The nature of the ground is such, that the wild ani- | heights above. The coast between Port Jackson and mals can gallop into the secure retreat of ravines Broken Bay is diversified by projecting headlands, where no horseman dare follow. The only likely connected by long sand-bars with lagoons, and teamethod of getting them would be by stratagem, tree swamps within them, but the coast between Port which is sometimes practised in securing horses that Hacking and Illawarra may be termed a bold and have strayed away; for the more simple and gentle, uninterrupted line of mountain-cliffs. This bold the method of catching, treating, and subduing wild outline of coast mountain-cliffs continues southward horses, the better. I have seen a wild horse caught from Port Hacking about forty miles, when it conby a rope thrown over its head, and then fastened to nects with the Mittagong range near Bong-Bong, by a post. The animal got frightened, ran off, pulled taking a westerly direction. After passing what is and struggled till he broke his neck. All these called the “ Coal Cliff," which is about thirty-four patches of forest-land abounded with the larger sort miles south of Port Jackson, the rich flats of the of kangaroos, at the time I was employed in survey Illawarra country commence, between the base of ing the ground, and scarcely a day passed without the mountain-precipices and the sea, and the range our dogs killing two or more of them. There are then lies back further from the shore. some farms on the south side of Botany Bay, and a The view from the summits, over a point on the very fair run for cattle on the ranges to the westward. coast called Bulli, is extensive and grand, and here This side is more irregular than the other, being in the table-land suddenly breaks off in abrupt perpendented with bays, mud-banks, and mangrove-flats by dicular masses of rock, and falls in steep wooded the shore. But some parts of the land which divides undulations towards the shore. The descent of the the bay from Port Hacking, is rather of a peculiar road is difficult, and may be called dangerous for formation.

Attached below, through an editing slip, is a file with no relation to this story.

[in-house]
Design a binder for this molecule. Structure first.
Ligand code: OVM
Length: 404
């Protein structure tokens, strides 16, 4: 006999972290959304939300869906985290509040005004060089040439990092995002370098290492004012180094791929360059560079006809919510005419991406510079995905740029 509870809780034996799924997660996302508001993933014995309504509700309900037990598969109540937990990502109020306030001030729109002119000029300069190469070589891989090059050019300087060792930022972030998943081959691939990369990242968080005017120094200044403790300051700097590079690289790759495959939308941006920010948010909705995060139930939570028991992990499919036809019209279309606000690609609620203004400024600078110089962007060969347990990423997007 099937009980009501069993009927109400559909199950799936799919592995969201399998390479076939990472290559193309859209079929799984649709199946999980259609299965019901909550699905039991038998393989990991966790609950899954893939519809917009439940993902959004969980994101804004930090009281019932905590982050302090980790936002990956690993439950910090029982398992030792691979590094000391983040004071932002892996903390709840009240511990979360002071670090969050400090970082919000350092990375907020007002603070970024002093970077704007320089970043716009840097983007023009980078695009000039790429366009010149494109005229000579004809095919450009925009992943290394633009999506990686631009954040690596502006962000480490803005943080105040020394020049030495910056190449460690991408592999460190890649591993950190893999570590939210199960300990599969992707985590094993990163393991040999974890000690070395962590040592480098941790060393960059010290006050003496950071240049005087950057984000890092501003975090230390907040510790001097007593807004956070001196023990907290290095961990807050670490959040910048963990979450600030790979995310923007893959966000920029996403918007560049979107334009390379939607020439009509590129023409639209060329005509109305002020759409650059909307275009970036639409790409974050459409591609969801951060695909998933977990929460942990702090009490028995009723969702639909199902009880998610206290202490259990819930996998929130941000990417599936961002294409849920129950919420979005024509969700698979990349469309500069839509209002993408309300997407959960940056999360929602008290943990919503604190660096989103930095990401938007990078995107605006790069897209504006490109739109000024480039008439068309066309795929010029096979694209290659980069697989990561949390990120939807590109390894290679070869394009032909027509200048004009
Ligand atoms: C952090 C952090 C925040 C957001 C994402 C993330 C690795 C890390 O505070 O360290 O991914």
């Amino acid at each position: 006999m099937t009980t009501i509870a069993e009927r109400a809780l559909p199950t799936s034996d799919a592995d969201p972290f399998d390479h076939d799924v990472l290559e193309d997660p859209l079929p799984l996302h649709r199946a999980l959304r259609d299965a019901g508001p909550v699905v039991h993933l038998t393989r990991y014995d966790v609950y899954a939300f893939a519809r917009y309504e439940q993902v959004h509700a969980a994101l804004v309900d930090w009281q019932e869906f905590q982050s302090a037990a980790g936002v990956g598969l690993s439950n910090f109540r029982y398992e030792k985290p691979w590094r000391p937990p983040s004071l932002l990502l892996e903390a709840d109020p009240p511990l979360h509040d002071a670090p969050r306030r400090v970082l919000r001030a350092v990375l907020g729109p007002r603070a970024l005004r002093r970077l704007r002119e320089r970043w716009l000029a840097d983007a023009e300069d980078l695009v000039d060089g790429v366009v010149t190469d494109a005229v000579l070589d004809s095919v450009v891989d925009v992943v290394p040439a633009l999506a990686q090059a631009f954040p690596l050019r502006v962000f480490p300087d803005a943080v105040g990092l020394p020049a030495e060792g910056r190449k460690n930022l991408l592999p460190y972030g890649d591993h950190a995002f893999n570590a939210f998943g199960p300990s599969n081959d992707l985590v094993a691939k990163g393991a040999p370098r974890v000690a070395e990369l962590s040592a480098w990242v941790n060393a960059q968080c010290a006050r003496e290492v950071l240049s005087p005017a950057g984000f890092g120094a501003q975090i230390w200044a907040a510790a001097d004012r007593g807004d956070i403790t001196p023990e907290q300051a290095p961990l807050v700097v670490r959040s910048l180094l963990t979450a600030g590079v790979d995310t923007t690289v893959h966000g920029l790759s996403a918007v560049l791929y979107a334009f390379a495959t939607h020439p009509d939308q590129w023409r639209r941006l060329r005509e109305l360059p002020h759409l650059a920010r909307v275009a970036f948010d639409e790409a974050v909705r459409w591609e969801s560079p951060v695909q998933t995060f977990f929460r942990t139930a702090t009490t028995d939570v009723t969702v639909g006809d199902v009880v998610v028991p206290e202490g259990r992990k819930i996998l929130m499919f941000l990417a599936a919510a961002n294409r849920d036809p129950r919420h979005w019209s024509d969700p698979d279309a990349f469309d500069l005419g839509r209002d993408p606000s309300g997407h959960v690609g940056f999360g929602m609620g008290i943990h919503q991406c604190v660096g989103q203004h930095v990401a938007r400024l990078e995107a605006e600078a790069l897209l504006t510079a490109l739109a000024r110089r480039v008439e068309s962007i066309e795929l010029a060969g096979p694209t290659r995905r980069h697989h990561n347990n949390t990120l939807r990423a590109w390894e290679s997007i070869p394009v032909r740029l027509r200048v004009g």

horsemen; yet, many as there are who travel up and The headlands are here also separated from the down, an accident rarely occurs. The traveller in main land by sand-bars, as before described. A his descent finds himself entering a totally different chaos of low sandy ridges, without form or order, region from the country which he has passed over in have been thrown up in an extraordinary manner. his journey towards the mountain. The main road In some places the steep banks of sand run in rows, from Sydney to Illawarra branches off from the then cross-ways; in others hillocks have been formed, Parramatta road about five miles from the capital, pyramidal, unconnected (the sport and plaything of and passes through Liverpool about sixteen miles the wave), assuming a variety of curious accidental further a little south of westward. This town is shapes. But it is evident from the vegetation which the thoroughfare, at present, to the main southern exists in many places upon it, that it has not been roads, and the bush through which this main road disturbed or inundated by the sea for many years, has been made is for many miles very dreary and Some of the sandy flats which are sheltered, abound uninviting. The soil, also, is rotten in many parts, with the cabbage-trees, fern, and apple-trees, and and, consequently, there have been few farms cleared, although they are not clothed with grass, yet the and the tedious sameness of the aspect is not relieved. soil must be very productive. The elevated points It crosses two or three salt-water creeks which flow between the headlands possess this sandy character, into George's River, one of which may be nearly